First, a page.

Recommending videos to self-motivated patients peaks interest for participating in their own recovery. Many videos are easy to follow and great for beginners.
Video instruction combined with private lessons can occur in the following ways:
A patient who learns qigong from a video needs feedback, so provide a few private sessions in your office and give them corrections.
A patient's interest gets peaked from video instruction and wants to learn more qigong, so teach them yourself or refer them to another video or practitioner in your area. You can find a list of teachers on the National Qigong Association Web site (www.nqa.org).
A patient takes a video home but doesn't watch it, so you teach them the movements first and have them use the video thereafter.
A patient is concerned that they will never be able to do the movements on their own if they learn from a video, so you teach them the movements first, which ensures they have memorized the movements. They can always refer to the video later.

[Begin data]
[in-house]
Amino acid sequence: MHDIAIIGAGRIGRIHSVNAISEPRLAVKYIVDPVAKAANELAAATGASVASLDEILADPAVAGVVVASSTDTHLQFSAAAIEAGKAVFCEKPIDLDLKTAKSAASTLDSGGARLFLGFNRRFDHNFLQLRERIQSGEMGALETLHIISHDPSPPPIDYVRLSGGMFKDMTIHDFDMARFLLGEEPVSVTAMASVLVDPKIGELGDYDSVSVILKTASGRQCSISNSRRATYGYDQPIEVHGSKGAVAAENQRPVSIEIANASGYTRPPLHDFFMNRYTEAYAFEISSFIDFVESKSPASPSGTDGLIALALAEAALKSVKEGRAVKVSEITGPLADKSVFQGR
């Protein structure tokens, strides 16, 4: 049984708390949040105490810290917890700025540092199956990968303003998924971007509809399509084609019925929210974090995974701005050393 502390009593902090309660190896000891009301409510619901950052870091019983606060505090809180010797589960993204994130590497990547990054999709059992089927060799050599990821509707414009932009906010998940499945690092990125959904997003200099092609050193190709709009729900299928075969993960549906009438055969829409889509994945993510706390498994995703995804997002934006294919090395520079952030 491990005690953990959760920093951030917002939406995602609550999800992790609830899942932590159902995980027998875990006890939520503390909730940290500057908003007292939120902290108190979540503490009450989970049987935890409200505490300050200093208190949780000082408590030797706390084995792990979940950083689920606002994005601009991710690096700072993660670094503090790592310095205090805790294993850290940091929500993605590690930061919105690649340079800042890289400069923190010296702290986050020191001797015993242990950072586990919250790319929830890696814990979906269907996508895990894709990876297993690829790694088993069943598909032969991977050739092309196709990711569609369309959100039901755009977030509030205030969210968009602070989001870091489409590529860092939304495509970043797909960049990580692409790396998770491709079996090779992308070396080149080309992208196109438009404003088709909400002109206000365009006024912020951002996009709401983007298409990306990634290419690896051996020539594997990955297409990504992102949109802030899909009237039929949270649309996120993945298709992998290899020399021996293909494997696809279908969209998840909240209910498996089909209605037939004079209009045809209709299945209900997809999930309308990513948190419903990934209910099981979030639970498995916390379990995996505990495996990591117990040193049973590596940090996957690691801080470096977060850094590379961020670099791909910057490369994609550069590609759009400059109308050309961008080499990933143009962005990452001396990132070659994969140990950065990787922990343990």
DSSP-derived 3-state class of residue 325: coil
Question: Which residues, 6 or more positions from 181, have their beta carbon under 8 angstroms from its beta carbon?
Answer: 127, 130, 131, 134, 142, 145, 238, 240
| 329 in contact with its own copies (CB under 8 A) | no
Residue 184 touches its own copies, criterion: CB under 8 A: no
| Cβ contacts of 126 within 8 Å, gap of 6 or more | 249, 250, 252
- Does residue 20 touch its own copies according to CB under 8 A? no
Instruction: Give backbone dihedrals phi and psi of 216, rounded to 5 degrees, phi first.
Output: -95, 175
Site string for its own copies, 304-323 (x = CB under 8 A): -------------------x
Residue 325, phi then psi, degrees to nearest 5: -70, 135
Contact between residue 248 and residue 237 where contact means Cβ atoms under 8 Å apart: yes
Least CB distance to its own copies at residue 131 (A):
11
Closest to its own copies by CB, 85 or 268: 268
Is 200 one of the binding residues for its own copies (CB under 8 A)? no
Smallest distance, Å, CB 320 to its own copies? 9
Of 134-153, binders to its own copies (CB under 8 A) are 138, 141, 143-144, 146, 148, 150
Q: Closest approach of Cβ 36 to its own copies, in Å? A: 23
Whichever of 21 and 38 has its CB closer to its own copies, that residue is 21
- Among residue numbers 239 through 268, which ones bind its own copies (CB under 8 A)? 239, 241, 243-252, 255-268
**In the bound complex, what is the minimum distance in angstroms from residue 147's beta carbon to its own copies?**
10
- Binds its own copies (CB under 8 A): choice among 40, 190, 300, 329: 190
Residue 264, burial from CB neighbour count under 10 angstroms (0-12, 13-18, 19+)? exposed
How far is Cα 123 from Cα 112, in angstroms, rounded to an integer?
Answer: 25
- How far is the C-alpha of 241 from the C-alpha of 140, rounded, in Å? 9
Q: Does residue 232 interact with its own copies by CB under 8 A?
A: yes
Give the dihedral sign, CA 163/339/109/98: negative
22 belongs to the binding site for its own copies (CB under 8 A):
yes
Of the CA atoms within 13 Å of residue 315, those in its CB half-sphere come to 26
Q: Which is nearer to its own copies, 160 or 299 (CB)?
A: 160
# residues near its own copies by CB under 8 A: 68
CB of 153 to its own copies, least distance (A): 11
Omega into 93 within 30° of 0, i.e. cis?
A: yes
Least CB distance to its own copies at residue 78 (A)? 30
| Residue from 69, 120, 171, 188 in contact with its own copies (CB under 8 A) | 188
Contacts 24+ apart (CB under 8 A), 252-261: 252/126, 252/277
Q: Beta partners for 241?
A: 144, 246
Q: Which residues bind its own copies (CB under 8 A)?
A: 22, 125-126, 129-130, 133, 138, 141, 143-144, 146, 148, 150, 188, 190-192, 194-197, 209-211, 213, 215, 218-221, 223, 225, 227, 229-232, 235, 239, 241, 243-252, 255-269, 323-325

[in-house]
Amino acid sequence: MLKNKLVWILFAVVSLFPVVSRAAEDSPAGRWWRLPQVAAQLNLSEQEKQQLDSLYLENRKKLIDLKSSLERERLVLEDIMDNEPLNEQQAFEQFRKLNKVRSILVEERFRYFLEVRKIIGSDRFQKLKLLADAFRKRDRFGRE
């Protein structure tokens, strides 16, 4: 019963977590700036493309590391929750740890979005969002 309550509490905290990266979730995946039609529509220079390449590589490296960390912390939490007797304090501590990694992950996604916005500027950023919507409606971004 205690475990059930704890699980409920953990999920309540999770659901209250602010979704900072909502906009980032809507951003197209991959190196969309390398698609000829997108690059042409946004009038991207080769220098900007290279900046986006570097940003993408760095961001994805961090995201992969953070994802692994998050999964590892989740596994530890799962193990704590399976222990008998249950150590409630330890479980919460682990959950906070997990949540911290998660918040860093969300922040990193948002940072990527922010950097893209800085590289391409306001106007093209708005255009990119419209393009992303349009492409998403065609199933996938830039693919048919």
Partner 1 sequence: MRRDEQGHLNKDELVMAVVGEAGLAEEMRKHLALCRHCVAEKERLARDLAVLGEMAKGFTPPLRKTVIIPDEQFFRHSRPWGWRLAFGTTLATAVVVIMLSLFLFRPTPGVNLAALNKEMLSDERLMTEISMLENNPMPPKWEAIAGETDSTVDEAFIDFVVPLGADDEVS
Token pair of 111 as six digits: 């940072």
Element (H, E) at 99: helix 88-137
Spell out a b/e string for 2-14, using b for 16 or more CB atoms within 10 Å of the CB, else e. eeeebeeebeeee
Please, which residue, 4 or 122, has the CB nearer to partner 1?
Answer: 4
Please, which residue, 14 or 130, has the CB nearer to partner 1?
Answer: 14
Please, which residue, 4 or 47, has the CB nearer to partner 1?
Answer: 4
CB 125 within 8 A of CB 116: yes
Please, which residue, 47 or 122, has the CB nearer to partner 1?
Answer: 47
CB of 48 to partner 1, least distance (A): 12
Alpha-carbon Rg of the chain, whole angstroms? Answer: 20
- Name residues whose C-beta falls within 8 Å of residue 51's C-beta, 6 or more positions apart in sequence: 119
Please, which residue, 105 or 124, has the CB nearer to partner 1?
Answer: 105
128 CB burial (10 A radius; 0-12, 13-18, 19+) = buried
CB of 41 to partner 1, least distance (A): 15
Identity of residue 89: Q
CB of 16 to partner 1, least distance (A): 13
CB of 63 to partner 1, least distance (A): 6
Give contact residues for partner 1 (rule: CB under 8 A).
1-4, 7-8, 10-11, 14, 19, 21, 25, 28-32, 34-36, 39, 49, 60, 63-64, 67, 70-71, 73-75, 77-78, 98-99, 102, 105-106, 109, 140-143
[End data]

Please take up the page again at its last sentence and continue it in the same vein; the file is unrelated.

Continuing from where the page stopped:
No matter which method is chosen, a teacher must instill the importance of regular and consistent practice. The student needs to figure out the best time to practice and how to bring qigong into the routine of their day. This needs to be accompanied by a dedication to practice, no matter how busy the student is.
It's not unusual for a qigong student to be found practicing at the airport while waiting to board a plane, standing in a line, or on a lunch break in front of fellow workers. Who knows? With the Jet Blue airline setting the trend with yoga practice cards in the seat pocket for passengers, maybe it's not so far-fetched to imagine a sitting qigong video being played on the passenger's monitor in the future. In the meantime, good luck in your quest to help yourself and others through the amazing healing power of Chinese medicine.